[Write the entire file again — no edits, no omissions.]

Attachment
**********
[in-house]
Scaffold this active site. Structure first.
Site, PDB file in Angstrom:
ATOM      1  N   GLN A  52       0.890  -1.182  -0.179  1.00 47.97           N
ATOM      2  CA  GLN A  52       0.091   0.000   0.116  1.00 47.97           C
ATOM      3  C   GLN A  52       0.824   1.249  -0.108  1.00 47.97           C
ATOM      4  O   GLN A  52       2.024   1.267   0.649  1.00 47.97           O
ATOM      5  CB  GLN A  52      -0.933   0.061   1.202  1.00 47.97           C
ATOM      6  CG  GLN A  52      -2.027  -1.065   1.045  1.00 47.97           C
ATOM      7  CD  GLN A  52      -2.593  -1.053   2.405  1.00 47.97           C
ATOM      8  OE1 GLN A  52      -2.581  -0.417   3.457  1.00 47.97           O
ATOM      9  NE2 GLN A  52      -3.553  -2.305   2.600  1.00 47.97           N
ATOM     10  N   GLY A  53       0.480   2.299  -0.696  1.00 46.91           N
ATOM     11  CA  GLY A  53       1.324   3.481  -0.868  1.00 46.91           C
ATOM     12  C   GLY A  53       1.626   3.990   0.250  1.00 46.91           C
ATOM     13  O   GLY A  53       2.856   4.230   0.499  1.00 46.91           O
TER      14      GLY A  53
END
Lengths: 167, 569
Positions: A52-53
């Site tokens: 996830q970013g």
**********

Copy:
[in-house]
Scaffold this active site. Structure first.
Site, PDB file in Angstrom:
ATOM      1  N   GLN A  52       0.890  -1.182  -0.179  1.00 47.97           N
ATOM      2  CA  GLN A  52       0.091   0.000   0.116  1.00 47.97           C
ATOM      3  C   GLN A  52       0.824   1.249  -0.108  1.00 47.97           C
ATOM      4  O   GLN A  52       2.024   1.267   0.649  1.00 47.97           O
ATOM      5  CB  GLN A  52      -0.933   0.061   1.202  1.00 47.97           C
ATOM      6  CG  GLN A  52      -2.027  -1.065   1.045  1.00 47.97           C
ATOM      7  CD  GLN A  52      -2.593  -1.053   2.405  1.00 47.97           C
ATOM      8  OE1 GLN A  52      -2.581  -0.417   3.457  1.00 47.97           O
ATOM      9  NE2 GLN A  52      -3.553  -2.305   2.600  1.00 47.97           N
ATOM     10  N   GLY A  53       0.480   2.299  -0.696  1.00 46.91           N
ATOM     11  CA  GLY A  53       1.324   3.481  -0.868  1.00 46.91           C
ATOM     12  C   GLY A  53       1.626   3.990   0.250  1.00 46.91           C
ATOM     13  O   GLY A  53       2.856   4.230   0.499  1.00 46.91           O
TER      14      GLY A  53
END
Lengths: 167, 569
Positions: A52-53
């Site tokens: 996830q970013g």